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Trading Away our Future: The Medicaid Expansion Debate

Trading Away our Future: The Medicaid Expansion Debate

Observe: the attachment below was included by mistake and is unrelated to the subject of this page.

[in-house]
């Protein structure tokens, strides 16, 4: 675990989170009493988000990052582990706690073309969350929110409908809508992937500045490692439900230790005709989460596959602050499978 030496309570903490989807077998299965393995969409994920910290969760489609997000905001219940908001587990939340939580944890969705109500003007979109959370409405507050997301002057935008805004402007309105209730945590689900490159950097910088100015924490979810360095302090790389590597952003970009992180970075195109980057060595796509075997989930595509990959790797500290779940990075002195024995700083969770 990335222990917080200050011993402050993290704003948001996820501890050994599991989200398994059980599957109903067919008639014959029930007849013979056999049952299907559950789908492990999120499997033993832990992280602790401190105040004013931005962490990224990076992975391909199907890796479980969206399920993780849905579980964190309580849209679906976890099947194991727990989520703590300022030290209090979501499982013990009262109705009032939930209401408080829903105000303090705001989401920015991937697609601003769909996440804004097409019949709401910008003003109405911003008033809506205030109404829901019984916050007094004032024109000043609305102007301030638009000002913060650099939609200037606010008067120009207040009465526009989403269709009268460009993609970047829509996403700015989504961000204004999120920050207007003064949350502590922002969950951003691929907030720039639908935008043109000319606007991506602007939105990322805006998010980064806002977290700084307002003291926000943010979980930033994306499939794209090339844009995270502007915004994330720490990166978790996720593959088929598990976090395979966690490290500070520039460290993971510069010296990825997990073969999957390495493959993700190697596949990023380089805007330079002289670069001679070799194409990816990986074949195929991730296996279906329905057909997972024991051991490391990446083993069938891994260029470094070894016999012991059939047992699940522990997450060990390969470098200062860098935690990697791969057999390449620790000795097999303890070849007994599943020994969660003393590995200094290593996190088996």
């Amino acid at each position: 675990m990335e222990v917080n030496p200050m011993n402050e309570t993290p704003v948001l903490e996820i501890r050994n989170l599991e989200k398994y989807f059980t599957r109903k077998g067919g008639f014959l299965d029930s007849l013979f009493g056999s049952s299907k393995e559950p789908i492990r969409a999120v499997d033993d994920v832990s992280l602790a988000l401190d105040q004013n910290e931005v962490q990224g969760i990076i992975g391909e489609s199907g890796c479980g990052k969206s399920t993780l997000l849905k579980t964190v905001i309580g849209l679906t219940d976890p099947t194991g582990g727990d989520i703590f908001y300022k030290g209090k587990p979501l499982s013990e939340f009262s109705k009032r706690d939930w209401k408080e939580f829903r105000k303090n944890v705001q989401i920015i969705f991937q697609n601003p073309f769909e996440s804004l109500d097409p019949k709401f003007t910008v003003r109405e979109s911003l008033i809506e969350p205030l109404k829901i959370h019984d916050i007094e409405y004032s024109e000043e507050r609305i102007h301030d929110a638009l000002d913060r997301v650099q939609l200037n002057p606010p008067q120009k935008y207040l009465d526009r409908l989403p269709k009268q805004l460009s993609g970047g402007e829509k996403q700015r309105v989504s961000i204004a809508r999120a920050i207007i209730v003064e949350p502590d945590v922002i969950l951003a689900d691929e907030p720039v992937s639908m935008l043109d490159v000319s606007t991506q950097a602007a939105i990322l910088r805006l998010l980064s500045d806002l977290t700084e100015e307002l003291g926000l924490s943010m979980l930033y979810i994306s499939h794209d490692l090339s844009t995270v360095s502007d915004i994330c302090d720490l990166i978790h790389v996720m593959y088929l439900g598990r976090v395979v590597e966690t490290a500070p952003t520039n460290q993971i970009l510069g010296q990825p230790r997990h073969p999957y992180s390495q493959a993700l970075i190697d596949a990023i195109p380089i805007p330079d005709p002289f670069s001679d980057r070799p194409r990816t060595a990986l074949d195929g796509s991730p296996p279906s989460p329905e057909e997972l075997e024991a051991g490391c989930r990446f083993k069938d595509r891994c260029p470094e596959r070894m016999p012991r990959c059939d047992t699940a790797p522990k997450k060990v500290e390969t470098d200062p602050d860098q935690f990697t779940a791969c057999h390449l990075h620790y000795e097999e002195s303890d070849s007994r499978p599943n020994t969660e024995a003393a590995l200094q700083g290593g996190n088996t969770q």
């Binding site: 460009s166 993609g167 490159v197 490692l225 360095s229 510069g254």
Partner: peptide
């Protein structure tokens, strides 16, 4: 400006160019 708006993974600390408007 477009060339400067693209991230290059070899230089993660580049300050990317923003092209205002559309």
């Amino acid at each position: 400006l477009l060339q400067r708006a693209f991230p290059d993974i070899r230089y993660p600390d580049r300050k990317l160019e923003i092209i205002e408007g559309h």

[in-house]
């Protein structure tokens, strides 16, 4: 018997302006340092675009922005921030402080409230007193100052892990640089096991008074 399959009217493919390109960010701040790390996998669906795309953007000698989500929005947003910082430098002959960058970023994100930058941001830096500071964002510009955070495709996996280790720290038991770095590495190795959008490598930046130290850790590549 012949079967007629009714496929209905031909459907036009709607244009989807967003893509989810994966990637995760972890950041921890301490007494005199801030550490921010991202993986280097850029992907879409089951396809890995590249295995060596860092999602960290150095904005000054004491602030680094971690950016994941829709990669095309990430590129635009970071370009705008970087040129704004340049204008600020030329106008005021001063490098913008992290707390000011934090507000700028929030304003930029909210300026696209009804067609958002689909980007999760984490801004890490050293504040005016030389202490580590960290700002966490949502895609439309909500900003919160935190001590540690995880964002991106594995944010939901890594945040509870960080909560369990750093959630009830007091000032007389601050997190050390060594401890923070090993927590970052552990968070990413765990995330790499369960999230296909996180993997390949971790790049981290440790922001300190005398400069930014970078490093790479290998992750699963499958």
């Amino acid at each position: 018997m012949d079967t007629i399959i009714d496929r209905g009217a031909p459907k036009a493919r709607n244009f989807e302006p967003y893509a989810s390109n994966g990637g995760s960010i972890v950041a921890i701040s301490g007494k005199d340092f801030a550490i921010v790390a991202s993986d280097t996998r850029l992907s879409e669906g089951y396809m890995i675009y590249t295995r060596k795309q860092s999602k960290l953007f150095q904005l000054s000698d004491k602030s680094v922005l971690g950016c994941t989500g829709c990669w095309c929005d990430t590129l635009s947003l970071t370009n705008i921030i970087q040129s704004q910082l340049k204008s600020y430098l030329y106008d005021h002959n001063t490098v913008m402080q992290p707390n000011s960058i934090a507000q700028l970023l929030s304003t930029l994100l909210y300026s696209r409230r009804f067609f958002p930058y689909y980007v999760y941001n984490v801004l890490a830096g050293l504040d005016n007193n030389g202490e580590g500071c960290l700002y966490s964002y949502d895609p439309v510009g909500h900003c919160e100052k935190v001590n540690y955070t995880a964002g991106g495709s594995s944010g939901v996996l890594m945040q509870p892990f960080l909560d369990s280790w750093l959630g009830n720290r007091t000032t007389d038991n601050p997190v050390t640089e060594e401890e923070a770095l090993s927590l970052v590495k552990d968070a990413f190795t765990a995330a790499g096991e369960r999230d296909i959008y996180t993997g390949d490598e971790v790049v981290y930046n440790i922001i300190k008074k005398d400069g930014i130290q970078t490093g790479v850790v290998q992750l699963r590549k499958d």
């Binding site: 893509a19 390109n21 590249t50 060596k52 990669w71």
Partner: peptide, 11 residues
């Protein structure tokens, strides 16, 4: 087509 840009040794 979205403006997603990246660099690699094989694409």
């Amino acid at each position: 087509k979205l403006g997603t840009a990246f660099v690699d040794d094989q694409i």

“Bad ideas are not removed by assassination but by exposing them to evidence and reason.” –Anonymous The contrast in world views or at least political philosophy was front and center Tuesday night when an amendment was offered to expand Medicaid under pressure from Obamacare supporters. The amendment failed on a party-line vote of 25 to 9. The nature and content of debate as well as the party-line vote revealed the sharp contrast in party perspectives regarding government accountability, national debt, and the importance of considering the long term consequences of public policy decisions. The contrast of positions was occasionally punctuated by the question of whose numbers and analyses were most accurate, but the contest more often was between fiscal realities versus emotion. Those of us declaring that Medicaid expansion was already happening by around $300 million annually and that expansion would potentially bankrupt the state and heavily penalize education funding were labeled as heartless and uncaring. If we pointed to the constitutional mandate to balance the budget, we were accused of having no regard for the poor and uninsured. Concern is mounting that entitlement spending is growing such that for several years any increase in state revenue is immediately consumed by the growth in welfare-program demands. For example, last year’s revenue growth was approximately 2 percent greater than anticipated, but that entire amount – and then some – was required to balance the growth of Medicaid spending. It is difficult to reverse your position when it is rooted primarily in emotion. Additionally, a counter argument based on financial history, budgets, and forecasts may never overcome a point of emotion. One is an argument about how government can take better care of people; the other is an argument about how the taxpayer will pay for it. From the vote count, after the lengthy debate, it appears the practical argument won out, and we will not be expanding Medicaid in Missouri. On a lighter note, the Missouri Conservation Department has asked me to inform constituents that a number of outdoor activities are scheduled in or near the 31stSenatorial District. The following link can connect you to information on two Kid’s Fishing Days, Hunter Education Classes, and a pond management workshop: http://mdc.mo.gov/events Thank you for reading this legislative report. You can contact my office at (573) 751-2108 if you have any questions. Thank you and we welcome your prayers for the proper application of state...